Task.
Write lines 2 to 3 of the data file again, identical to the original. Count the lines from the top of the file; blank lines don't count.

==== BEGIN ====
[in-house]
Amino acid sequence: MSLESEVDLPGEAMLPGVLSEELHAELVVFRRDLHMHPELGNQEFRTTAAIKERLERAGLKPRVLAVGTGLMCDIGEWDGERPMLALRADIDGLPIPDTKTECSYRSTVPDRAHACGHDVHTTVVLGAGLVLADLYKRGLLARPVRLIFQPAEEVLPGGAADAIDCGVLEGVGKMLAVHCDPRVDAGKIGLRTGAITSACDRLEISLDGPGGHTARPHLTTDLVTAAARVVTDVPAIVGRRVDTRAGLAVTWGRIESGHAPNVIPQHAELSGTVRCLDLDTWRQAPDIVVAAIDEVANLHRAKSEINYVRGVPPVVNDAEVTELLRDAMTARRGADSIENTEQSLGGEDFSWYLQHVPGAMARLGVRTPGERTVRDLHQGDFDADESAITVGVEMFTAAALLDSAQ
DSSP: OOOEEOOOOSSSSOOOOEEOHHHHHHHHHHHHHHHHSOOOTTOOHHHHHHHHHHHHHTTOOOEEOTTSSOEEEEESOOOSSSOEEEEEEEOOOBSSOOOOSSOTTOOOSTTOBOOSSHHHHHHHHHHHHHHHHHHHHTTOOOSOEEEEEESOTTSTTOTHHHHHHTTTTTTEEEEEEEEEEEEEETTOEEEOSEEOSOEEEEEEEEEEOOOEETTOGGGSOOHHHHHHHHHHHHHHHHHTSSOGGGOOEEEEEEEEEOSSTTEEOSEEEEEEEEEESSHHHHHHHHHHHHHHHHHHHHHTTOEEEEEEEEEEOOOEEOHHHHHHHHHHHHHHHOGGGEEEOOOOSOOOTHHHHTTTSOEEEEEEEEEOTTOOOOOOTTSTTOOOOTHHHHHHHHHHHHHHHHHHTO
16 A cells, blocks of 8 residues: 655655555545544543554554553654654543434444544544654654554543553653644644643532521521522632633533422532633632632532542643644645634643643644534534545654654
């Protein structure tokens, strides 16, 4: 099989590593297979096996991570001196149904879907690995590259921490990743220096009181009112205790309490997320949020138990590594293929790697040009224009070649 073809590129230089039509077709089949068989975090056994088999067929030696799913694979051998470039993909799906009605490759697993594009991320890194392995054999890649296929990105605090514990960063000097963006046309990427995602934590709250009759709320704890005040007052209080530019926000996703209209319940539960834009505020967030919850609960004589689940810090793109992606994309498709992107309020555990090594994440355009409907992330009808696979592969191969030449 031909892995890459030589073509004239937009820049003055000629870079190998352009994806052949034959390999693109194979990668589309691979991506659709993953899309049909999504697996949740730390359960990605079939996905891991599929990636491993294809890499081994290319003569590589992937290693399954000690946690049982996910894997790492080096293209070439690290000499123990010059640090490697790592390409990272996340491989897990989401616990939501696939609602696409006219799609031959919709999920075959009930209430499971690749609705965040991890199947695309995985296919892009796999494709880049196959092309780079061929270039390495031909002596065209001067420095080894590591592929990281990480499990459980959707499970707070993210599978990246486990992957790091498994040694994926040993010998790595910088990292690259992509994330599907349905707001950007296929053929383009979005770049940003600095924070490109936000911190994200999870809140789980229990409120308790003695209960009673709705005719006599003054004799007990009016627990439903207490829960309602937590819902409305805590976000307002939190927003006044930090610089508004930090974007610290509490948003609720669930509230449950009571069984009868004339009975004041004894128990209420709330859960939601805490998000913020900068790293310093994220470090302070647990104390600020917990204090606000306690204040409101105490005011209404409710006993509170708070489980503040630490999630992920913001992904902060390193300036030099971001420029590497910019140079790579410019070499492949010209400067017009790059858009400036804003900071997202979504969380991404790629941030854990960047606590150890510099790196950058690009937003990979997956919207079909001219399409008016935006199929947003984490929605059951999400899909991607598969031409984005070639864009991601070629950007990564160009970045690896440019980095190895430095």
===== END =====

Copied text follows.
Amino acid sequence: MSLESEVDLPGEAMLPGVLSEELHAELVVFRRDLHMHPELGNQEFRTTAAIKERLERAGLKPRVLAVGTGLMCDIGEWDGERPMLALRADIDGLPIPDTKTECSYRSTVPDRAHACGHDVHTTVVLGAGLVLADLYKRGLLARPVRLIFQPAEEVLPGGAADAIDCGVLEGVGKMLAVHCDPRVDAGKIGLRTGAITSACDRLEISLDGPGGHTARPHLTTDLVTAAARVVTDVPAIVGRRVDTRAGLAVTWGRIESGHAPNVIPQHAELSGTVRCLDLDTWRQAPDIVVAAIDEVANLHRAKSEINYVRGVPPVVNDAEVTELLRDAMTARRGADSIENTEQSLGGEDFSWYLQHVPGAMARLGVRTPGERTVRDLHQGDFDADESAITVGVEMFTAAALLDSAQ
DSSP: OOOEEOOOOSSSSOOOOEEOHHHHHHHHHHHHHHHHSOOOTTOOHHHHHHHHHHHHHTTOOOEEOTTSSOEEEEESOOOSSSOEEEEEEEOOOBSSOOOOSSOTTOOOSTTOBOOSSHHHHHHHHHHHHHHHHHHHHTTOOOSOEEEEEESOTTSTTOTHHHHHHTTTTTTEEEEEEEEEEEEEETTOEEEOSEEOSOEEEEEEEEEEOOOEETTOGGGSOOHHHHHHHHHHHHHHHHHTSSOGGGOOEEEEEEEEEOSSTTEEOSEEEEEEEEEESSHHHHHHHHHHHHHHHHHHHHHTTOEEEEEEEEEEOOOEEOHHHHHHHHHHHHHHHOGGGEEEOOOOSOOOTHHHHTTTSOEEEEEEEEEOTTOOOOOOTTSTTOOOOTHHHHHHHHHHHHHHHHHHTO